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  1. ITV Report

EU's Tusk backs Ireland in Brexit border dispute

Theresa May has been warned the EU will back Ireland if it chooses to veto progress on Brexit talks over concerns about the Irish border.

European Council President Donald Tusk said if the UK's offer was unacceptable to Ireland then it would also be unacceptable for the rest of the EU states.

Ireland has warned that it is prepared to use its veto to prevent the start of trade and divorce talks unless it gets assurances that there will not be a hard border between Northern Ireland and the Republic.

Today, Mr Tusk made it clear that the bloc's loyalties lie with the Irish Taoiseach as he met with Leo Varadkar in Dublin.

If the UK offer is unacceptable for Ireland, it will also be unacceptable for the EU.

I realise that for some British politicians this may be hard to understand.

But such is the logic behind the fact that Ireland is an EU member, while the UK is leaving.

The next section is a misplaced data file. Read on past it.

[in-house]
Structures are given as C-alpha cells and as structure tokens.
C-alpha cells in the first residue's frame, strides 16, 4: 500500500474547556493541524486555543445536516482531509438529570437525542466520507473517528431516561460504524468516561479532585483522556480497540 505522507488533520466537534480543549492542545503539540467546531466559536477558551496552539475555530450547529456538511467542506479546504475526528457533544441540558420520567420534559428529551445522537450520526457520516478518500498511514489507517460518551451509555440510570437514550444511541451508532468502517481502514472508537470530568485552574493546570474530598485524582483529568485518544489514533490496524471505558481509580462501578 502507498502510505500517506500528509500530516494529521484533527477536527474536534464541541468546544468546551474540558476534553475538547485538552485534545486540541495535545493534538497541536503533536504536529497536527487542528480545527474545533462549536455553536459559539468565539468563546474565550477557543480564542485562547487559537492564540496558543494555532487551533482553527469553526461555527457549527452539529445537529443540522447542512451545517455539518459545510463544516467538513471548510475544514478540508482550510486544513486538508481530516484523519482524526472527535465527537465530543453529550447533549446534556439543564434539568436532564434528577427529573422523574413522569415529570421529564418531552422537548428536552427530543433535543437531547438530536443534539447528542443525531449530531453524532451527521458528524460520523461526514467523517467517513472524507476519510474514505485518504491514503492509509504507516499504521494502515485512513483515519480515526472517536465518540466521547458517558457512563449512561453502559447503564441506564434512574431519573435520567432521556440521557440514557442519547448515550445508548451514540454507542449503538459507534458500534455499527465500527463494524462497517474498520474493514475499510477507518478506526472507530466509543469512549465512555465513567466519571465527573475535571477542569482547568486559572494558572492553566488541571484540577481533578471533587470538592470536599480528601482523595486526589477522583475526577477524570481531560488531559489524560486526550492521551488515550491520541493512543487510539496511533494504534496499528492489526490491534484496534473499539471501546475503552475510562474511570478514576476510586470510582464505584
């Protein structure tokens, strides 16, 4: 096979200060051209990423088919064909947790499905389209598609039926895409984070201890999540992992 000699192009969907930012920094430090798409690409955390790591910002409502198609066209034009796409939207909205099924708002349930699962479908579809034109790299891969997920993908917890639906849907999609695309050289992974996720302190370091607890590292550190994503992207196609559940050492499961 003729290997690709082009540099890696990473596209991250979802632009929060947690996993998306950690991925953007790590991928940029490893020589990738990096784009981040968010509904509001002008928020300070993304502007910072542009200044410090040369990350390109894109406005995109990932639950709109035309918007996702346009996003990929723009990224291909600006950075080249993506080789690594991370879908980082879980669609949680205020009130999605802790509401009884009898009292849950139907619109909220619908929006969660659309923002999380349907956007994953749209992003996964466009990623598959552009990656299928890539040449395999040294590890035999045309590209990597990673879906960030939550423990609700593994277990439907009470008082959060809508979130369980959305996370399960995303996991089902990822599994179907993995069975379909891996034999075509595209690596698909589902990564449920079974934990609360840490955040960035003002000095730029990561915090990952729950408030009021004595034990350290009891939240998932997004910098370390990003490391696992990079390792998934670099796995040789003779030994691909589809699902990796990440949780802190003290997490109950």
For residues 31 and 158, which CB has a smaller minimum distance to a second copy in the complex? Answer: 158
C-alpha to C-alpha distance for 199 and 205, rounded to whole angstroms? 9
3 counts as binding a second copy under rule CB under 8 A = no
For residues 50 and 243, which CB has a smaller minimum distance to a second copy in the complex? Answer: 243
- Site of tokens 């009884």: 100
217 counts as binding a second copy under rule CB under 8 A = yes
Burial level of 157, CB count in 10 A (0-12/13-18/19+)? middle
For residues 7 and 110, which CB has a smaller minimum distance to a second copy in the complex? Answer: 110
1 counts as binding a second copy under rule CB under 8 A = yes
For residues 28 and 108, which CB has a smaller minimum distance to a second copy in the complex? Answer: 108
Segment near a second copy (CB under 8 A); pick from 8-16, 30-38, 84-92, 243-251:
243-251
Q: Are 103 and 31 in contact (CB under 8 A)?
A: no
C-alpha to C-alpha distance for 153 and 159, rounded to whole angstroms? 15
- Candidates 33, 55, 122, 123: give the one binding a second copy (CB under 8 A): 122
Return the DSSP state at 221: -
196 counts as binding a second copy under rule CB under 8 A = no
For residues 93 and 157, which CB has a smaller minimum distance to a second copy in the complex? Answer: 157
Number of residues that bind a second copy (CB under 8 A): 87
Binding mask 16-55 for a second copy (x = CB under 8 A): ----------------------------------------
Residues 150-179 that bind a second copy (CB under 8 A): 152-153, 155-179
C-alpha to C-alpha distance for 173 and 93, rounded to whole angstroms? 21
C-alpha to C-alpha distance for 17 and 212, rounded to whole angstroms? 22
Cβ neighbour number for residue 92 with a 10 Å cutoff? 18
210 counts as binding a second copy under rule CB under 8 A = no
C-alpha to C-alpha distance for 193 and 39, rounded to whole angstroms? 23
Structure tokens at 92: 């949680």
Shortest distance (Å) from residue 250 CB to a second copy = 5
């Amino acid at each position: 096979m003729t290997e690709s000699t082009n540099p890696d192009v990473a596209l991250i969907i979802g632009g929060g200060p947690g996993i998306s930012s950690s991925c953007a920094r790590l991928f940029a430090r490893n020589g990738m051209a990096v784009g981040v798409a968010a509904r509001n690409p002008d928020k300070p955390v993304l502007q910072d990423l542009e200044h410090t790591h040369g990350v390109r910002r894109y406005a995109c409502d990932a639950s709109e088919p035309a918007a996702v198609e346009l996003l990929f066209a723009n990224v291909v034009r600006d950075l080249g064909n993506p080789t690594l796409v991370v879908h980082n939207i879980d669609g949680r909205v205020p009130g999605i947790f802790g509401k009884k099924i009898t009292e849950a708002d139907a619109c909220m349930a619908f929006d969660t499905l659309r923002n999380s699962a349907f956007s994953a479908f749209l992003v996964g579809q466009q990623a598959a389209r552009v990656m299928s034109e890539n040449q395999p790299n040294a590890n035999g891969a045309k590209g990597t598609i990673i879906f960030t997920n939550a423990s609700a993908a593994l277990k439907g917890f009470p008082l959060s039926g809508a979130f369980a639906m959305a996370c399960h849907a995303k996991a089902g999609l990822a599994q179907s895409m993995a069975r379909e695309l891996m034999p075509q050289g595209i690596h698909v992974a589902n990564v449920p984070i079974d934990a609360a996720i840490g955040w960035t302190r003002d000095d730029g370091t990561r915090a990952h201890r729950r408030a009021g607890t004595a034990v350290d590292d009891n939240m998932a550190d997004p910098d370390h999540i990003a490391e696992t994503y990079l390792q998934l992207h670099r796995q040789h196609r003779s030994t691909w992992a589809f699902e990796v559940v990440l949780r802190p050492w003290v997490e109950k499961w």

This is why the key to the UK's future lies in some ways in Dublin.

– Donald Tusk
Donald Tusk and Irish Taoiseach Leo Varadkar greeted each other warmly.

Meanwhile, Mr Varadkar warned: "I am also prepared to stand firm if the offer [from the UK] falls short." He said the next couple of days will be crucial.

It comes as Mrs May prepares to travel to Brussels in the hope of kick-starting the next stage of talks - including discussions on a future free trade deal - before the year's end.

However to do that they must convince the EU that "sufficient progress" has been made on preliminary issues including the issue of Ireland's border.

All 27 EU states including Ireland will have the ability to veto the start of the second phase of talks, meaning that Mrs May must be sure of support from Dublin for progress to be made.

Ireland has warned that the border must remain open after Brexit. Credit: PA

So far, there has been no firm proposal on how the border issue will be solved when Norther Ireland remains in the EU while Northern Ireland is out.

The open border has been critical in helping to quell the violent legacy of the troubles and also boosts trade between both countries.

The UK is pressing for a frictionless frontier on its only land border with an EU state. It wants to use technology and trading arrangements to ensure the free flow of goods and no return to the heavily militarised border of the conflict.

Ireland's demand for no checkpoints could also see Northern Ireland sticking to the EU rulebook while the rest of the UK diverged, but that is a red line for the Democratic Unionists who are propping up the UK Government.